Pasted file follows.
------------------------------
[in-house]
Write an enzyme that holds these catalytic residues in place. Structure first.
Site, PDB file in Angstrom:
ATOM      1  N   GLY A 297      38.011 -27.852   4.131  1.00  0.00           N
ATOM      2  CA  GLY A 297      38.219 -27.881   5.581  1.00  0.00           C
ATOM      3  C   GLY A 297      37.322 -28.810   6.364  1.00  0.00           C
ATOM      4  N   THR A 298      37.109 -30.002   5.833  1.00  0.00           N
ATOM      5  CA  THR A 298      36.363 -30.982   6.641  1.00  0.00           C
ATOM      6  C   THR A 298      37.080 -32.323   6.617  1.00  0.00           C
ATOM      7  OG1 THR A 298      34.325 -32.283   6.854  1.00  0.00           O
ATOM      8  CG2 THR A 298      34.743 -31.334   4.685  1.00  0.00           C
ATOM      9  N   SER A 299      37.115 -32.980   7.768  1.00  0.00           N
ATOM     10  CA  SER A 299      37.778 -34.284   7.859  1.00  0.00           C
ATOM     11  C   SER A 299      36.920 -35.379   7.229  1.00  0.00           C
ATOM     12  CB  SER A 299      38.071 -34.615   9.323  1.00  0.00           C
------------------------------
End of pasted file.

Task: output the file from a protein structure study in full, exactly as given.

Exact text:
[in-house]
Write an enzyme that holds these catalytic residues in place. Structure first.
Site, PDB file in Angstrom:
ATOM      1  N   GLY A 297      38.011 -27.852   4.131  1.00  0.00           N
ATOM      2  CA  GLY A 297      38.219 -27.881   5.581  1.00  0.00           C
ATOM      3  C   GLY A 297      37.322 -28.810   6.364  1.00  0.00           C
ATOM      4  N   THR A 298      37.109 -30.002   5.833  1.00  0.00           N
ATOM      5  CA  THR A 298      36.363 -30.982   6.641  1.00  0.00           C
ATOM      6  C   THR A 298      37.080 -32.323   6.617  1.00  0.00           C
ATOM      7  OG1 THR A 298      34.325 -32.283   6.854  1.00  0.00           O
ATOM      8  CG2 THR A 298      34.743 -31.334   4.685  1.00  0.00           C
ATOM      9  N   SER A 299      37.115 -32.980   7.768  1.00  0.00           N
ATOM     10  CA  SER A 299      37.778 -34.284   7.859  1.00  0.00           C
ATOM     11  C   SER A 299      36.920 -35.379   7.229  1.00  0.00           C
ATOM     12  CB  SER A 299      38.071 -34.615   9.323  1.00  0.00           C